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If you’re not lounging on the beach on a hot summer day, why would you think to put on sunscreen? Well, you might need sunscreen more often than you think.

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Go to to learn how you can take your STEM skills to the next level! [♪ INTRO] There’s nothing better than sitting by a window on a sunny, crisp Fall day and watching the world go by. But next time you sit in front of a window, it might be worth putting on some sunscreen to prevent skin damage.

Sunlight is made out of different wavelengths of light. Some aren’t visible to humans, like ultraviolet, also known as UV light. UV light is sorted into three types or classes based on how much energy it has.

And that amount of energy determines what light is able to pass through the atmosphere, or glass for that matter. For example, UV-C has the most energy, but it’s blocked by the ozone layer in our stratosphere. This is because UV-C has just the right amount of energy to break up those ozone molecules.

So, UV-C uses up all the energy it's got by breaking those bonds and it can’t go any farther through the atmosphere. UV-B has mid-range energy. Some of it can still break up some of the oxygen and ozone, but while most of the UV-B is interacting with those molecules, some of it goes through the atmosphere and makes it to the ground, reaching you.

And UV-B has the right energy to interact with your skin, which results in UV damage to your skin cell’s DNA, causing sunburns. UV-A has the lowest energy of the three. But don’t let that lull you into a false sense of security.

Its long wavelength means that it passes through the oxygen, the water, and everything else in the atmosphere pretty much undisturbed, so most of the UV exposure you will get is UV-A. This radiation, unlike UV-B, penetrates deeper into your skin because it hasn’t found anything to interact with yet. That is, until it hits the inner layers of your skin.

It interacts with your dermis, wreaking havoc. To be clear, both UV-A and UV-B are bad for you. They work in slightly different ways, but they’re both good at breaking important cellular bonds and increasing your risk of skin cancers and premature aging.

But if you’re behind glass, you can block some of those wavelengths. Most glass is actually really good at blocking UV-B light because it’s made up of impurities that are efficient at absorbing that wavelength. This is also why the glass gets hot after sitting in the Sun; all that UV-B gets absorbed by the impurities, which dissipates as heat.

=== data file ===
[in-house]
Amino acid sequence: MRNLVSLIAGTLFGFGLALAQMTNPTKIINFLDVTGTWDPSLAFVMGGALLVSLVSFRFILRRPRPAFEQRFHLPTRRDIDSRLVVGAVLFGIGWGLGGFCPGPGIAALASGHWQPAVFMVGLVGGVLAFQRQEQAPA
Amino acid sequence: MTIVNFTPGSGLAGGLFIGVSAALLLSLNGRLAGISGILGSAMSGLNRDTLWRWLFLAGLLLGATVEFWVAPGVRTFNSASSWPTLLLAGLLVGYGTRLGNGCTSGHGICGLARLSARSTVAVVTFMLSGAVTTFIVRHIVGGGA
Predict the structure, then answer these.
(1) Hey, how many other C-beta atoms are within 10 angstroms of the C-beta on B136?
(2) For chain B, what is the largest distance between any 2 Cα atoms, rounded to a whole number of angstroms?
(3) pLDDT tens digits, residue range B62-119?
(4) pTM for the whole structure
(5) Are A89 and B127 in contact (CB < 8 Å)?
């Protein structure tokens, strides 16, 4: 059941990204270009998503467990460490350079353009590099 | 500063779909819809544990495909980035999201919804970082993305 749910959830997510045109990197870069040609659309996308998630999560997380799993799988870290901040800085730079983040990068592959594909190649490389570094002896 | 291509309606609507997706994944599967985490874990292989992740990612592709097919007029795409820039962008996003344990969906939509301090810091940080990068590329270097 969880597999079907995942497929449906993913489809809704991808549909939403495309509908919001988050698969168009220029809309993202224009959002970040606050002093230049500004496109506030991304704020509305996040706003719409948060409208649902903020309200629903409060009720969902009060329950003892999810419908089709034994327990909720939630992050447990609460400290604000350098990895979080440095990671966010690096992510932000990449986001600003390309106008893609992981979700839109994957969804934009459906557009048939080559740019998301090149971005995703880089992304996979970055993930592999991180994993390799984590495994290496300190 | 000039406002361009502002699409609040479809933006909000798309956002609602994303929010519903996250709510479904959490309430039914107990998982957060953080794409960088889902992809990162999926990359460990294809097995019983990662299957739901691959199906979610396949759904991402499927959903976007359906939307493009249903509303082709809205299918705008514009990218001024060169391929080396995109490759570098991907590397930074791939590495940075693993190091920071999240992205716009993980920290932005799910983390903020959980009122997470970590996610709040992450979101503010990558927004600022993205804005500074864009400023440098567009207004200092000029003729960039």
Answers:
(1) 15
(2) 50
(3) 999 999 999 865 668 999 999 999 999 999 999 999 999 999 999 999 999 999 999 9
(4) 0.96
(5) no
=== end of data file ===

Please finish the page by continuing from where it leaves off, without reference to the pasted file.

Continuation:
And since UV-B is the main cause of sunburns, you’re unlikely to get burnt behind a window, unless you spend a very long time there. But there’s another caveat. Unfortunately for your skin, UV-A is a different story.

Some of it can pass through regular glass, because its energy level just isn’t right for any bond-breakage or interaction at all. So it can still reach your skin to cause skin damage. However, if the glass is covered with a solar film, UV-A can be blocked because it’s able to interact with the tint and not cross.

But that’s not the case for most windows like the ones in airplanes or some cars. So, dermatologists, other doctors, and health agencies have started recommending that you wear sunscreen even if you’re indoors. And given what we’ve just learned about windows, it seems like good advice to follow.

If you want to learn more about the world around us and how it impacts our bodies’ you should check today’s sponsor, Brilliant! They’re a website and app built off the principle of active problem solving: where you can learn by doing. And they’ve just made their courses even more interactive.

Like the course “Waves and Light” where you’ll explore waves in all their glory because everything we hear and see is based on how our bodies interpret waves. So if you’d like to learn more about the waves of our everyday life or other STEM topics, you can check them out at, where you can also get 20% off an annual premium subscription to Brilliant. So thanks for your support! [♪ OUTRO]